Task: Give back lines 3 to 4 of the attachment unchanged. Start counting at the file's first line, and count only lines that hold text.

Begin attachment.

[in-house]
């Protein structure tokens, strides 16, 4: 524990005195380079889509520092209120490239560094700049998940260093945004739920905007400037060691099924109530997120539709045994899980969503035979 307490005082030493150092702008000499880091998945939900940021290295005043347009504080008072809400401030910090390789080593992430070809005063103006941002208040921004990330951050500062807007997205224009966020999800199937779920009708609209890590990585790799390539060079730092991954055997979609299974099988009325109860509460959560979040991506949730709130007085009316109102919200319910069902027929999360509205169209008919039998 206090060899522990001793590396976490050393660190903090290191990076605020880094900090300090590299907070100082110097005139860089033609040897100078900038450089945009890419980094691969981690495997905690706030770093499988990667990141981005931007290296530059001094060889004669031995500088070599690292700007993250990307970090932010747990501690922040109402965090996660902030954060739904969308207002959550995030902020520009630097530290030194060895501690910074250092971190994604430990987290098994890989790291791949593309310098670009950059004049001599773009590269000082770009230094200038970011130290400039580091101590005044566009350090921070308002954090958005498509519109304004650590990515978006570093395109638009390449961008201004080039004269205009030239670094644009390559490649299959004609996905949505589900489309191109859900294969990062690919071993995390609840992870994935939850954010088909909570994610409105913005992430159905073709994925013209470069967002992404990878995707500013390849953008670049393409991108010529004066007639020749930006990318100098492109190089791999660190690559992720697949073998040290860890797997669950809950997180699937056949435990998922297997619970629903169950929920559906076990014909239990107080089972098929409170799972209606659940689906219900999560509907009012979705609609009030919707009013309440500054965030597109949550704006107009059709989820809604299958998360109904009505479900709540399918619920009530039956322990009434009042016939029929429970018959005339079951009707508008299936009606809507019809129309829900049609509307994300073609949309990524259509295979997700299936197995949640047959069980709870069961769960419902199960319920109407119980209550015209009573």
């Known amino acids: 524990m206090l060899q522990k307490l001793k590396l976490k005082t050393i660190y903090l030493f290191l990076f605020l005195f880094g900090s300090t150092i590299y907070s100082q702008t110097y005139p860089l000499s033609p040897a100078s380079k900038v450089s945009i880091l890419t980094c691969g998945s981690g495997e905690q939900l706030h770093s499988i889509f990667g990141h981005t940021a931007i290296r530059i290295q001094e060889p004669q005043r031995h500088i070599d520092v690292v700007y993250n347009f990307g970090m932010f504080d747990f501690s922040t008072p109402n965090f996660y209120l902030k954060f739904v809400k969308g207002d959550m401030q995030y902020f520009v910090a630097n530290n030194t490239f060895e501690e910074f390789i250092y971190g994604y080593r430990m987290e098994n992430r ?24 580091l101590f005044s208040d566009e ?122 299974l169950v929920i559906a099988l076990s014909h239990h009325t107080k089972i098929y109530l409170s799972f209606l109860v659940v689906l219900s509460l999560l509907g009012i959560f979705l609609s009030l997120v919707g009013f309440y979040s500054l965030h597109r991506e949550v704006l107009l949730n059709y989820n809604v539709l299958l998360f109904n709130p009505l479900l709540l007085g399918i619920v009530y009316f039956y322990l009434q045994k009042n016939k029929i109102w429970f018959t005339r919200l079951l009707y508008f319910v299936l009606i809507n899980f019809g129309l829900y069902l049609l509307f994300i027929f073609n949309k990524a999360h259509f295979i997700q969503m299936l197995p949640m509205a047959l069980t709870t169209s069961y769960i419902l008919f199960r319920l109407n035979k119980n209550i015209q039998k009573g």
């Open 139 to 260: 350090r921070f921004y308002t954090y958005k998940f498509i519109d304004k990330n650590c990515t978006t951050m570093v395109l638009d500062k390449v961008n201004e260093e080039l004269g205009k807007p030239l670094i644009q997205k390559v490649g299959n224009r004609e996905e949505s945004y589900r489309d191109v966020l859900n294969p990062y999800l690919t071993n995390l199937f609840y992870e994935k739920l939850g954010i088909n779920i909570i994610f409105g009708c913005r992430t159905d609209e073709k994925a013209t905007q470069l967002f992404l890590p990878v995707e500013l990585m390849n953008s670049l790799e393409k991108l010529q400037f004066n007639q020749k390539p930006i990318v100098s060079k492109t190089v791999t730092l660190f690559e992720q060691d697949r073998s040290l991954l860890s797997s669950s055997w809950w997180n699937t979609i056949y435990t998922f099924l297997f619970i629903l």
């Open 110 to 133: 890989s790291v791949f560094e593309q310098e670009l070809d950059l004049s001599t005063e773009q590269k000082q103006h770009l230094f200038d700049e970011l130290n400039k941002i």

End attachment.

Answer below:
């Known amino acids: 524990m206090l060899q522990k307490l001793k590396l976490k005082t050393i660190y903090l030493f290191l990076f605020l005195f880094g900090s300090t150092i590299y907070s100082q702008t110097y005139p860089l000499s033609p040897a100078s380079k900038v450089s945009i880091l890419t980094c691969g998945s981690g495997e905690q939900l706030h770093s499988i889509f990667g990141h981005t940021a931007i290296r530059i290295q001094e060889p004669q005043r031995h500088i070599d520092v690292v700007y993250n347009f990307g970090m932010f504080d747990f501690s922040t008072p109402n965090f996660y209120l902030k954060f739904v809400k969308g207002d959550m401030q995030y902020f520009v910090a630097n530290n030194t490239f060895e501690e910074f390789i250092y971190g994604y080593r430990m987290e098994n992430r ?24 580091l101590f005044s208040d566009e ?122 299974l169950v929920i559906a099988l076990s014909h239990h009325t107080k089972i098929y109530l409170s799972f209606l109860v659940v689906l219900s509460l999560l509907g009012i959560f979705l609609s009030l997120v919707g009013f309440y979040s500054l965030h597109r991506e949550v704006l107009l949730n059709y989820n809604v539709l299958l998360f109904n709130p009505l479900l709540l007085g399918i619920v009530y009316f039956y322990l009434q045994k009042n016939k029929i109102w429970f018959t005339r919200l079951l009707y508008f319910v299936l009606i809507n899980f019809g129309l829900y069902l049609l509307f994300i027929f073609n949309k990524a999360h259509f295979i997700q969503m299936l197995p949640m509205a047959l069980t709870t169209s069961y769960i419902l008919f199960r319920l109407n035979k119980n209550i015209q039998k009573g």
């Open 139 to 260: 350090r921070f921004y308002t954090y958005k998940f498509i519109d304004k990330n650590c990515t978006t951050m570093v395109l638009d500062k390449v961008n201004e260093e080039l004269g205009k807007p030239l670094i644009q997205k390559v490649g299959n224009r004609e996905e949505s945004y589900r489309d191109v966020l859900n294969p990062y999800l690919t071993n995390l199937f609840y992870e994935k739920l939850g954010i088909n779920i909570i994610f409105g009708c913005r992430t159905d609209e073709k994925a013209t905007q470069l967002f992404l890590p990878v995707e500013l990585m390849n953008s670049l790799e393409k991108l010529q400037f004066n007639q020749k390539p930006i990318v100098s060079k492109t190089v791999t730092l660190f690559e992720q060691d697949r073998s040290l991954l860890s797997s669950s055997w809950w997180n699937t979609i056949y435990t998922f099924l297997f619970i629903l």